From Russia with litigation: AG v VD [2021] EWFC 9 | Class Legal | Decree Absolute: Divorce & Cohabitation in the UK | Scoop.it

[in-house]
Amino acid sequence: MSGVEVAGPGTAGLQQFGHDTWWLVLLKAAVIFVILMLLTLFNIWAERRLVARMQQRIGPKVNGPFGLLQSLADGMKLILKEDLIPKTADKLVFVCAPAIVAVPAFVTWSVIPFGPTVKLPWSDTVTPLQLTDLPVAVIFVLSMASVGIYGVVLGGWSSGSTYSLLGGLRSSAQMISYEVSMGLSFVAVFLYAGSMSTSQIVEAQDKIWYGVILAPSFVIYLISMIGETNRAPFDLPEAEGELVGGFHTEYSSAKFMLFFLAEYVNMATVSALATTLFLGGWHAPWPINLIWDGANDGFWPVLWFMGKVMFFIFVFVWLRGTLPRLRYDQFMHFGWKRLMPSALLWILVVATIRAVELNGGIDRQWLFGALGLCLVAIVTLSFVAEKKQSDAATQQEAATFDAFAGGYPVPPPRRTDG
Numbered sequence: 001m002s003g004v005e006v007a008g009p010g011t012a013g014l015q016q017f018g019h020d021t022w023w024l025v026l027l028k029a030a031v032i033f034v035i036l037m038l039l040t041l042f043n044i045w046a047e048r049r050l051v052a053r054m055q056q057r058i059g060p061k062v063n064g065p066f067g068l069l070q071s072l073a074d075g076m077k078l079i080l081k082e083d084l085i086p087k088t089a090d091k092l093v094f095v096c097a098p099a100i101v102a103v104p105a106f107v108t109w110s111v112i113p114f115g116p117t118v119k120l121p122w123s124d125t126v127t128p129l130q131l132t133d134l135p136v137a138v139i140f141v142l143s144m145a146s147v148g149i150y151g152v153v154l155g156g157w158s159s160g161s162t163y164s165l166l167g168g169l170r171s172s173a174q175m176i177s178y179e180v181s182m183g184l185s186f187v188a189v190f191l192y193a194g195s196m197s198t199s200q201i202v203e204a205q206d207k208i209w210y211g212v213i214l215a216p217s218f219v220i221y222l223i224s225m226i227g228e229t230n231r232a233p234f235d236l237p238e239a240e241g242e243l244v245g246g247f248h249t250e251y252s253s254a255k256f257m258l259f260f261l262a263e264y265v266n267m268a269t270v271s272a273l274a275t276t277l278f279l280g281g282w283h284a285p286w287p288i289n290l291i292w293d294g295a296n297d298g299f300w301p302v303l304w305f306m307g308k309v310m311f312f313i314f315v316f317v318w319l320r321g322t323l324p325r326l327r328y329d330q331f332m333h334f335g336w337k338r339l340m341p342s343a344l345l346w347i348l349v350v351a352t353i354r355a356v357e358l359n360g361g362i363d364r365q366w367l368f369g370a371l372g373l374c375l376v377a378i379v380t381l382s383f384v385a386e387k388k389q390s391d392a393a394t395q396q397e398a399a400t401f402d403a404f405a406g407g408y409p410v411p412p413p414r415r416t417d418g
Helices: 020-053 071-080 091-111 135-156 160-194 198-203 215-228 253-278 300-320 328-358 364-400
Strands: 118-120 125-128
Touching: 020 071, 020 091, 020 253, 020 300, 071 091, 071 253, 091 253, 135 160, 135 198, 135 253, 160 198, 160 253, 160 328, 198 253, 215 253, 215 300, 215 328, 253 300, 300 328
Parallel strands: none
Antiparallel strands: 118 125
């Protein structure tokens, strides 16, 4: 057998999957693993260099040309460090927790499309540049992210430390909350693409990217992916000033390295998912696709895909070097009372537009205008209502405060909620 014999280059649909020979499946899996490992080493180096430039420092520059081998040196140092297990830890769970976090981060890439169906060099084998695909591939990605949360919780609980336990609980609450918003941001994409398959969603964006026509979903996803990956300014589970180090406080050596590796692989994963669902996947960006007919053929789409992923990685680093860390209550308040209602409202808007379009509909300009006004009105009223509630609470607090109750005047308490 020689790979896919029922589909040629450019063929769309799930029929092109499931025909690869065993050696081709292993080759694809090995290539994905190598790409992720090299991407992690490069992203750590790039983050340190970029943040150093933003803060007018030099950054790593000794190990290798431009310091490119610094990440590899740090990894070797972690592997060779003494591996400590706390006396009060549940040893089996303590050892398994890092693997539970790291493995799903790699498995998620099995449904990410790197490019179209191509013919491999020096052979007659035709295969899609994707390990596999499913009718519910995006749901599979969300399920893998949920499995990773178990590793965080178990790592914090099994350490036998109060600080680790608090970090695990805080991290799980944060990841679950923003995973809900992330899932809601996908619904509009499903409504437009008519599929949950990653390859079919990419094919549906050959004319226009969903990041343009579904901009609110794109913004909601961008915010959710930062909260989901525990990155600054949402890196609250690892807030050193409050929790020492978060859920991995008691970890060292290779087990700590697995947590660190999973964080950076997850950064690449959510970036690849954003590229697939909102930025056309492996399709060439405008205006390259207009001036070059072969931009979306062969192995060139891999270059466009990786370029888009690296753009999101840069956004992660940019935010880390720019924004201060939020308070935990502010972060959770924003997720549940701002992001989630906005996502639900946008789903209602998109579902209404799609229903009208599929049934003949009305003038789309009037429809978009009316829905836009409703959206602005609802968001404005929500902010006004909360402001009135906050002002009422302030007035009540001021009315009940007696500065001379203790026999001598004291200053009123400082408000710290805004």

AG (“W”) made an application pursuant to Part III of the Matrimonial and Family Proceedings Act 1984 for financial relief following the breakdown of her marriage to VD (“H”) and a divorce in Russia. Background W was 51, and H was 56. W had a daughter, S, aged 17, and H had four children by previous relationships. The parties met in 2008 and co-habited from 2009. They married in Russia in 2010. They then moved to London (having bought a flat in NW8) after W obtained a Tier 1 investor visa, having been loaned £1m by H. W and S had lived in London since that time, although H’s business interests mainly kept him in Russia and to a significant extent the marriage was spent apart. In early 2014, H fell out with the Russian government and had to leave Russia at short notice. H said the marriage came to an end in 2014, but W said it did not come to an end until 2017. Cohen J found that the marriage did not come to an end, and was not perceived to have come to an end by either party, until 2017. Among other things, from 2014-17, they had shared a bedroom on many occasions, went on holiday together, and celebrated birthdays together. It was clear to Cohen J that ‘the parties still saw themselves as a couple’ [35]. W claimed the marital assets were £29m, of which H owned £26.5m and W £2.5m. H claimed the total assets were only £7.6m, of which he owned £2.9m and W £4.6m, but that after repayment of sums he had borrowed from a foundation in which he had placed the majority of his assets, he was worth -£6m. Cohen J stated that ‘[t]he parties have lost all perspective of what this case is really about…They have sought to argue every point available to them and have thus between them expended some £2.1m on costs’ [8]. Curacao Foundation In November 2010, H entered into a Principal Party Agreement with a trust company, U, giving U control over 16 of H’s companies. In July 2011, U established a private foundation in Curacao (“the Foundation”), and it acted as director of the Foundation. In February 2012, H entered into the first of a series of loan agreements with a BVI company whereby funds held within the Foundation were made available to H by way of loan. H said he had borrowed a little over £13.5m in various tranches against a loan facility of £15m. H accepted it was highly unlikely that any of the loans would be called in during his lifetime. Loans were used to purchase: · A property in Cyprus in 2012, in the name of a Foundation company. · A property in Majorca in 2012, in the name of another Foundation company. · A second property in London in 2013, on The Bishops Avenue in Hampstead (purchased by way of loans apart from the last £1.7m). (The first matrimonial home in NW8 was sold at the end of 2014.) H said that he understood that in 2015 he had transferred the beneficial interest in the entities within the trust to his son, ND, but this was not supported by the only document from that time which H could produce. There had never been any document which H could produce which actually vested the interest H had in the entities in any other person. H said there had been no distributions from the Foundation to him, only loans, but Cohen J did not accept this. Three houses had been purchased with the use of funds from the Foundation (the properties in Majorca, London and Cyprus), the matrimonial home on The Bishops Avenue was funded by way of loan (save for £1.7m) but was placed in the names of the parties, and all three properties and/or the loans used for their purchase appeared on the books of the Foundation as assets held by it. Cohen J rejected the contention that H had gifted the majority of his wealth to ND. He was of the view that H remained the beneficial owner and the controller of the funds and assets within the Foundation, and had ‘no doubt that they are available to him as and when he wishes to call upon them’ [93]. W’s businesses In January 2013 the shares in one of the Foundation companies were transferred to W so she could set up a medical beautician business called LMS off Harley Street. H invested heavily in the business, including loaning W £200k. In early 2015, W incorporated MM, a high-end fashion retailer. H invested €100k into the project. Russian proceedings In December 2017, H issued his divorce petition in Russia. W had attempted to serve an English divorce petition on H and claimed he evaded service, but she eventually accepted defeat and her English petition was dismissed by consent. In September 2018, H issued his application for financial relief in the Russian courts. Cohen J found that in an attempt to remove from the distributive powers of the Russian court the assets held by W outside England, W had: · In October 2018, gifted to her mother a small flat in St Petersburg which S’s father had bought for W. · In December 2018, sold the Majorca property for €3.53m net, which she transferred in tranches to her own private account. · In March 2019, purported to sell the MM shop to an employee for €49k inclusive of stock. The purchaser had not paid the price, and although H suggested the sale was a sham, Cohen J found that W’s business acumen was very limited, that the project was a financial disaster and that W no longer had an interest in it. The effect of the Russian proceedings, heard in July 2019, was as follows: · The London matrimonial home and the shares in the Majorcan company which held the Majorcan property were to be divided 50/50. (Although by that point a significant part of the Majorca proceeds of sale had been spent.) · H’s claim on the flat in St Petersburg and for the return of the investor visa loan of £1m, plus interest of over £280k, was dismissed. · Some other minor assets were to be divided equally. · No form of continuing provision, whether by way of maintenance or otherwise, was provided for W or S. No account was taken of assets held in entities not owned by the parties, so that H’s business activities and all his funds which had been transferred into the Foundation did not enter the equation. H calculated that the effect of the order was to leave W with about £4m, being half the value of the London home and half the Majorca home, on the false assumption that the proceeds of the Majorca property had been preserved. H had obtained permission to appeal the order dismissing the application for the return of the investor visa money by way of a retrial. If he were to succeed, the value of W’s award from the Russian court would reduce by £1.3m, plus penalties accruing at 0.1% per day. W’s response to the Russian order was to apply for permission under Part III. Was England the appropriate venue for the application? Cohen J considered that there was a substantial connection with England, and that it was appropriate for an order to be made by the English court. This was for a number of reasons, including that: · The parties decided to leave Russia for England in 2010, and had had their main home here since then. · W had not visited Russia since 2015, and W and S had lived nowhere apart from London in the last decade. · W had long severed her links with Russia and the entirety of the parties’ married life was spent in England. · They bought their own property in London and took out British citizenship. · The Russian order did not lead to any redistribution of the family assets, and had not been complied with in any way of which Cohen J had been told. · The effect of the Russian order was to leave W with just £1m to house herself and S and to live off (it would give her c. £2.5m, of which she would be expected to repay one half of the proceeds of sale of the Majorcan villa, i.e. £1.5m). If H’s appeal to recover £1.3m plus penalties were to succeed, W and S would be left with nothing. The Russian order did not provide adequately for the needs of W and S. H’s business activities W had spent a large amount of time and money attempting to show that there had been a significant marital acquest through H’s business activities. However, Cohen J said that ‘[u]nless W’s share of that acquest exceeds a needs-based award she will not receive a sharing award’ [62]. Ultimately, Cohen J was not satisfied that sufficient had been earned or preserved during the marriage to entitle W to the making of a sharing award. He was satisfied that H did earn income and make profits during the marriage, but a large amount was spent by the parties on properties in London, Majorca and Cyprus, big sums were put into what turned out to be failed investments, and a very high standard of living was maintained. That expenditure had only reduced what might otherwise have been an acquest. Cohen J concluded that ‘the bedrock for any conclusion of a significant acquest is absent’ [69]. W’s use of resources H (Cohen J thought rightly) pointed out that W had run through an enormous amount of money during the marriage, including £757k which W had received following the sale of the parties’ first London home, £779k received on the redemption of government bonds, £3.18m from the proceeds of sale of the Majorca property, and very substantial transfers made by H to W’s account. However, Cohen J commented that it was ‘a little difficult for H to make complaint about the use of resources by W which he provided himself’, which covered most of the payments, especially given that H was ‘happy to indulge her’ [105]. With regard to W’s failed business ventures, H himself had invested in both of them. H asked Cohen J to add back a significant element of the money that W had received and spent. Although Cohen J regarded some of W’s expenditure as irresponsible, it was not wanton dissipation of assets. Additionally, Cohen J noted that bad investment decisions had been taken by both parties, e.g. H had invested £2.6m in a Russian restaurant in London. The parties’ assets The matrimonial home on The Bishops Avenue had a net value of circa £5.14m (£2.57m each). W had a surplus of other assets over liabilities after paying her outstanding costs of £95k, giving her assets of £2.66m. No fixed value was attributed to W’s jewellery or handbag collection, or the household chattels, since although they were realisable assets, Cohen J stated that ‘in a case of this nature, I do not regard it as reasonable to say that W’s needs should be met in that way’ [119]. H had his share of the matrimonial home of £2.57m, and Cohen J included the Cyprus property as an asset available to H (although it had been placed in H’s son’s name), which had a net value of £687k. H owed his solicitors £170k, leaving him with assets exclusive of the Foundation and business assets of £3.087m. Cohen J found that H was the beneficial owner of the Foundation and had access to its assets, and that he had an interest in German and Russian business ventures and companies in a sum that could not be determined. Cohen J was not satisfied that he could or should infer that H’s business interests and access to assets which he had not disclosed were ‘so significant or that H is so wealthy that W’s case as to her needs should be assessed at the upper end of the bracket as I am asked to do’ [125]. Offers W sought a transfer of the matrimonial home, and a lump sum of £3.8m (to provide her with £174k pa on a Duxbury basis). H offered to forego all repayments due to him, but only if his offer of W retaining her half of the home, and nothing more, was accepted. W’s needs Cohen J did not regard W staying in the matrimonial home as being reasonable in terms of meeting her needs ‘against the background of what is not a long marriage and when within a fairly short time her daughter will be taking steps towards independence’ [128]. W proposed properties on the market at well in excess of £4m, and H proposed properties at under £1.5m. Cohen J accepted that it would be reasonable for W to live in a purpose-built apartment building in a good and safe area of Hampstead/Highgate, and that she would need three bedrooms, but he did not accept that W required a swimming pool or gym within the development. He concluded that a proper sum for W’s housing was £3m, plus expenses of purchase, moving, setting up and SDLT, which was calculated at a total of £3.4m. Both H and W put forward budgets for themselves at around £250k pa (although W had originally sought over £860k pa). Cohen J bore in mind that this was not a long marriage and that W did not bring money in to the marriage, and that although the standard of living was very high, this could not ‘be allowed to predominate over other factors’ [134]. However, in his view, W did not have a significant earning capacity, and would not easily find a job in England. Cohen J stated that his award ‘must be sufficient to meet what I deem her reasonable needs to be on a lifelong basis without making the assumption that she can so contribute’ to her own outgoings [136]. He concluded that W needed £100k pa, which produced a capital sum on the Duxbury tables of £2.06m. W would therefore need a lump sum of £320k, in addition to the transfer of the matrimonial home. Cohen J was satisfied that this order did not impinge upon H’s ability to meet his own needs. H was further required to pay the service charge and, if separate, the buildings insurance on the matrimonial home until 1 September 2022 or earlier sale, and to pay (as he accepted he should) S’s school fees and thereafter her tuition and living expenses at university. He was also required to pay periodical payments to S in the sum of £24k pa (as he had offered), of which 50% would be paid directly to S, and the balance to W, from the time that S started at university. Cohen J further directed, given that his award was needs-based, that H must provide an indemnity and/or pay a lump sum equal to the amount of any award against W that he obtained in Russia. It would not be appropriate for a needs-based award to be reduced by H’s pursuit of the return of the investor visa loan, nor for H to be left with the ability to claim for the monies loaned to W’s businesses. Henrietta Boyle, Barrister at 1 Hare Court You may also be interested in: Dictionary of Financial Remedies 2021 (pre-order) The Dictionary of Financial Remedies is a unique reference guide to the key concepts, cases and practice of financial remedies. An ideal quick reference for when you are in court, conference or mediation and written in a style that will appeal to family lawyers, mediators and other non-lawyers involved in financial remedy proceedings. This 2021 edition is fully updated to include changes and developments in the law from the last twelve months, including those that have occurred as a result of the Covid-19 pandemic. New entries include: Privilege; Release from Undertakings; Executory Orders; Setting Aside and Remote Hearings. PRE-ORDER